Acute confusion, which can triple the likelihood of death, is widespread among older people in hospitals and nursing homes but often goes untreated, according to new British and American research.
The condition - also known as delirium - is often undiagnosed, ignored or accepted as inevitable despite the fact it has an negative impact on people’s independence and mental processes, and significantly raises the risk of them developing dementia.
The research team, led by the Regenstrief Institute and Indiana University, reviewed 45 years of research covering almost 600 studies. The findings of the research, some of which was carried out at the University of East Anglia, is published in September’s issue of the Journal of Hospital Medicine.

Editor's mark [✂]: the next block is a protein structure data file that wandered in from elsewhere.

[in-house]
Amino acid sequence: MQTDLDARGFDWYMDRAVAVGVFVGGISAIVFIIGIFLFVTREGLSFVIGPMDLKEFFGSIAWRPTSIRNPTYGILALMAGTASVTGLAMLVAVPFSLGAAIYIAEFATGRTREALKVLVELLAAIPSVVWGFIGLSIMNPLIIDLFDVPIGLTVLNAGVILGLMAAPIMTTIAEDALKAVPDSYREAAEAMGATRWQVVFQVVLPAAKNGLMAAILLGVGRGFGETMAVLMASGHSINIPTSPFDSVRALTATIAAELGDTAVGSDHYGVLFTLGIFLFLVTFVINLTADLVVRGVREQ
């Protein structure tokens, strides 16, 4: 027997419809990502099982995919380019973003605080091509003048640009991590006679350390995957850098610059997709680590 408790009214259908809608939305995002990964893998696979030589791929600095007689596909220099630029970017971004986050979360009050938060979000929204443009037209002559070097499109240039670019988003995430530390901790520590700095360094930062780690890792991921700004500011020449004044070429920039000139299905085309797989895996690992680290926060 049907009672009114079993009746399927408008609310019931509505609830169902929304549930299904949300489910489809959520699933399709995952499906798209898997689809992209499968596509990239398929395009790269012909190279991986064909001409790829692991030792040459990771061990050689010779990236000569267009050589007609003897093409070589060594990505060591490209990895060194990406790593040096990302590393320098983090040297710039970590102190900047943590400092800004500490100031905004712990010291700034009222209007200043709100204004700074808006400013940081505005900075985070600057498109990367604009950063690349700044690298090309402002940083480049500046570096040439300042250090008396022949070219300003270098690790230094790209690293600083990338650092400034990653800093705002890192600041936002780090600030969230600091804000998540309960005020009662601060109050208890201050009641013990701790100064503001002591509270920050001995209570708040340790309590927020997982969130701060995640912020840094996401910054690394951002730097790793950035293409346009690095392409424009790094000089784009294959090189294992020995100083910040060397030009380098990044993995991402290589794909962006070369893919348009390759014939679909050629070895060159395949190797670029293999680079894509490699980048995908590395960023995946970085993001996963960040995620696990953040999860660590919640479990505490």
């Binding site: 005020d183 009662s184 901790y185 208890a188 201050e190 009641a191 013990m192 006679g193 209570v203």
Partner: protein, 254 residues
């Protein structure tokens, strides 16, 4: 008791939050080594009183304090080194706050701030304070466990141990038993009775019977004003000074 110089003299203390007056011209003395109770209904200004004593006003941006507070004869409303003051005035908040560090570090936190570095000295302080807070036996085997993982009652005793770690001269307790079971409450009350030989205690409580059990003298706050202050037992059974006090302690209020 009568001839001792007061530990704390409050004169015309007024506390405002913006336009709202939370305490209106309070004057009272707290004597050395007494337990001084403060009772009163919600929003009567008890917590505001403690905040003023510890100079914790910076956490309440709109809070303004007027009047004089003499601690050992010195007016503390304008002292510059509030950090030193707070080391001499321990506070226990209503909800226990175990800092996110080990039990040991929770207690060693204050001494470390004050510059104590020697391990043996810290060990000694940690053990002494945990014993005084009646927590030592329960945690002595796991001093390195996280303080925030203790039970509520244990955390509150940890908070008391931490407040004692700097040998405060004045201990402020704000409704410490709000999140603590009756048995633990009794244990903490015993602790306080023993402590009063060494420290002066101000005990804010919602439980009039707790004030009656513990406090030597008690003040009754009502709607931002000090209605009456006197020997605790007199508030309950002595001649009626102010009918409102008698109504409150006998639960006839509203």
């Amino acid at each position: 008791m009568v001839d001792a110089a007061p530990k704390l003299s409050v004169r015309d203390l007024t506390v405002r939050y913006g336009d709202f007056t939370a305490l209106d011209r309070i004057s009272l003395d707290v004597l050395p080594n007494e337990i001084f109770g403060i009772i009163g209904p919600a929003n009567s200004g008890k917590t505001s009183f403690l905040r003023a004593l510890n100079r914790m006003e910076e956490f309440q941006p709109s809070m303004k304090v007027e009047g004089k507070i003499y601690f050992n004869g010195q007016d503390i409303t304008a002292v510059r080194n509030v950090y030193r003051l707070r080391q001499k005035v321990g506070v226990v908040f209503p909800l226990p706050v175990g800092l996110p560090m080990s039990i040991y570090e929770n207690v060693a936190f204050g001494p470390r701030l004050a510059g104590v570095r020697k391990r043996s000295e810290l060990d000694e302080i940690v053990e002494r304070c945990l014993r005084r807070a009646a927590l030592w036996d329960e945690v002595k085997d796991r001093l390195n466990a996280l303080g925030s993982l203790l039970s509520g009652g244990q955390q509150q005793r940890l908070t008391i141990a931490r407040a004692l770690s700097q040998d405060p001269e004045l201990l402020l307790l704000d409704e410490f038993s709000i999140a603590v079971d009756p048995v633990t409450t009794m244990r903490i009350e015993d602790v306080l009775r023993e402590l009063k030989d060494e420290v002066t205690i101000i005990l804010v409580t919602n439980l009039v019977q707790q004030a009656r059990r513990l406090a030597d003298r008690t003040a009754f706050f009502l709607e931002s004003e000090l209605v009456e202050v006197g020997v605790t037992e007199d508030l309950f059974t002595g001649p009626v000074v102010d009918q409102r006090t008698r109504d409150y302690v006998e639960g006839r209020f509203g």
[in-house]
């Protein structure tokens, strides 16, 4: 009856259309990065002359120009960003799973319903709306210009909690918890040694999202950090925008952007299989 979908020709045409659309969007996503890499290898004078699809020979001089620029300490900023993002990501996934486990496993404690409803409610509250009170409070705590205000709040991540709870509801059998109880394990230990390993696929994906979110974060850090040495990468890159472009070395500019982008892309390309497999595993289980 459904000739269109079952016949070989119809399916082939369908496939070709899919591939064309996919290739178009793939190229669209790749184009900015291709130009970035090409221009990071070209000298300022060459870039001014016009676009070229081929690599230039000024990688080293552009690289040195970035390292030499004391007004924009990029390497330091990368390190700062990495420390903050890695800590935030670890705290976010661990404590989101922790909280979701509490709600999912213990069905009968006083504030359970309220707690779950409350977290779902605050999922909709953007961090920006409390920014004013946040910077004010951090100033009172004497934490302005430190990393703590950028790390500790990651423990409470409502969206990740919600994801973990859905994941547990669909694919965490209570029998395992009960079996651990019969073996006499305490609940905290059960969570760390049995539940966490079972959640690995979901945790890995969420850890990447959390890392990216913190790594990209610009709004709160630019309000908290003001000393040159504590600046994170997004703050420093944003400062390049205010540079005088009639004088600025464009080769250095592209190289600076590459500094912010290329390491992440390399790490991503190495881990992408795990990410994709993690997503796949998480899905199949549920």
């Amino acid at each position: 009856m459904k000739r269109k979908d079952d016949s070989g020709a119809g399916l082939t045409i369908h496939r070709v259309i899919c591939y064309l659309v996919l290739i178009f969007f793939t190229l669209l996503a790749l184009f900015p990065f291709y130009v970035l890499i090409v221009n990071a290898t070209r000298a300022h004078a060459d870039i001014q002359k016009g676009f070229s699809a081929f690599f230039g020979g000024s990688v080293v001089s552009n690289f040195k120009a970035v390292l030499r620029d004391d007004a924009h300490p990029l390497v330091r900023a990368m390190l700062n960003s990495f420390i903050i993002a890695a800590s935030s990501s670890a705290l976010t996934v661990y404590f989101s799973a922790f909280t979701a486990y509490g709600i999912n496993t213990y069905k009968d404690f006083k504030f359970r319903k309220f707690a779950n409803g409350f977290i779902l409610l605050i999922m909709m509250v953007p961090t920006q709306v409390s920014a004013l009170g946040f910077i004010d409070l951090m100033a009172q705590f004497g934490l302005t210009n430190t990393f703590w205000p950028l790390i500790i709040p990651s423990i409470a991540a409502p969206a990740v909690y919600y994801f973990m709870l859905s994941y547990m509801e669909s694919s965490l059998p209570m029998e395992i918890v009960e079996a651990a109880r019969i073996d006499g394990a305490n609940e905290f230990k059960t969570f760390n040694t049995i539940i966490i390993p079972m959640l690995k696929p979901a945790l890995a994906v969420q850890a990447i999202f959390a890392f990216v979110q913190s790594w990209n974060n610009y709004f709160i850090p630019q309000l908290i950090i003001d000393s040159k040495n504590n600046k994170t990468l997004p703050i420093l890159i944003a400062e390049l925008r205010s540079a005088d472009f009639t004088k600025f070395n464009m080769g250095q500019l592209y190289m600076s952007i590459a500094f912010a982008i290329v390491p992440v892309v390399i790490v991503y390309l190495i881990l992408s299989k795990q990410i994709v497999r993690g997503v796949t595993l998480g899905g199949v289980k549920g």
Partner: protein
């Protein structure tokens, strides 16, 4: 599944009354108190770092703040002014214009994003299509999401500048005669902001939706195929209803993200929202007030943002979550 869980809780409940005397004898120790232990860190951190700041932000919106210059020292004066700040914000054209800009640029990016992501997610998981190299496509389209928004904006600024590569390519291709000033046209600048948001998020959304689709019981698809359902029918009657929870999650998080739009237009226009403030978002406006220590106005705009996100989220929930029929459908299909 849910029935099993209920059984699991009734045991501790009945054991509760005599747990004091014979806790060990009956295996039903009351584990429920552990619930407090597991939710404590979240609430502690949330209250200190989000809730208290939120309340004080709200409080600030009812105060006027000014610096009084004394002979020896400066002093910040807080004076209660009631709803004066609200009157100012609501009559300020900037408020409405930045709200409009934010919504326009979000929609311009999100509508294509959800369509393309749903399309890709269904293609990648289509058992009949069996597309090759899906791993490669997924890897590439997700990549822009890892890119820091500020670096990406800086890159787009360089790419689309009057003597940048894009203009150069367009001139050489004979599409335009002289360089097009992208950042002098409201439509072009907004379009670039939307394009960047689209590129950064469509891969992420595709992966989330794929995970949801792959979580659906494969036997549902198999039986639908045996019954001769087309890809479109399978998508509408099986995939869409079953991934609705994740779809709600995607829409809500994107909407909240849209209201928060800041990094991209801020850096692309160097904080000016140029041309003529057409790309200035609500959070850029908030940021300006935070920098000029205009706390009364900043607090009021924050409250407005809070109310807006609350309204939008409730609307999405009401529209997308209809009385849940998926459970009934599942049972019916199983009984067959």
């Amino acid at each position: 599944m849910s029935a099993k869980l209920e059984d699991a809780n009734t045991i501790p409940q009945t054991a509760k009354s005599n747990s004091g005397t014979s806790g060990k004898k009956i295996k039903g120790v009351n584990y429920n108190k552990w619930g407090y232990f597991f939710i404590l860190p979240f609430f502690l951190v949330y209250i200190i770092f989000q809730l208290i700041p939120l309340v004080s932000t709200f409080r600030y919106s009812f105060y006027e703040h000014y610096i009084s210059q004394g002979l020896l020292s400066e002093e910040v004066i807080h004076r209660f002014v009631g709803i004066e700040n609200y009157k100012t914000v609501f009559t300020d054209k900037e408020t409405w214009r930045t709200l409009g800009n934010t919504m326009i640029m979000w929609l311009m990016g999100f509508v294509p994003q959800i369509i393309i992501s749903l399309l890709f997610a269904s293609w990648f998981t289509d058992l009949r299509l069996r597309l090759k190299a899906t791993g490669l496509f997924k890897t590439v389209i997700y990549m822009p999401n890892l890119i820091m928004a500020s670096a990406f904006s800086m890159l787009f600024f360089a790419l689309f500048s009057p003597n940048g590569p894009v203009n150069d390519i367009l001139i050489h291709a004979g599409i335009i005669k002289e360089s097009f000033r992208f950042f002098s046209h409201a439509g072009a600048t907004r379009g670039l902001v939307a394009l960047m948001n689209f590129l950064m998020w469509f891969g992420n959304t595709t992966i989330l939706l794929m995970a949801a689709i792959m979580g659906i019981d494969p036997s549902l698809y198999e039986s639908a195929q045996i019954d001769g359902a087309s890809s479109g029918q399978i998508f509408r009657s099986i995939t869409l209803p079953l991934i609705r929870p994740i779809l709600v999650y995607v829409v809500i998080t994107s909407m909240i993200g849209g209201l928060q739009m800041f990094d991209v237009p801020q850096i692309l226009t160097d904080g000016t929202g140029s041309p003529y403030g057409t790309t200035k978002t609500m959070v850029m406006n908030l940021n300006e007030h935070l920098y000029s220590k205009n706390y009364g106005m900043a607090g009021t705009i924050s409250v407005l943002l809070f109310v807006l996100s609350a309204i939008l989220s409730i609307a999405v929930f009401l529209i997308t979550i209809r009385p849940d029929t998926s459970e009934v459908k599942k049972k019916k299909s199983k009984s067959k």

With a third of delirium cases found to be preventable the researchers are calling for its early identification and treatment to improve people’s long-term prognosis.
The research showed more than 60% of delirium cases in general patient groups are not recognised or treated, with elderly patients leaving hospital in significant numbers with ongoing acute confusion that has been missed.
Among the measures that could prevent delirium were treating depression, getting rid of restraints, making sure patients have access to glasses and hearing aids and prescribing classes of antipsychotics that do not negatively affect the ageing brain, according to the research authors, who were led by Dr Babar Khan of the Regenstrief Institute and Indiana University School of Medicine.
A more sensitive screening tool for delirium, especially when used by a non-expert, were also needed, they said.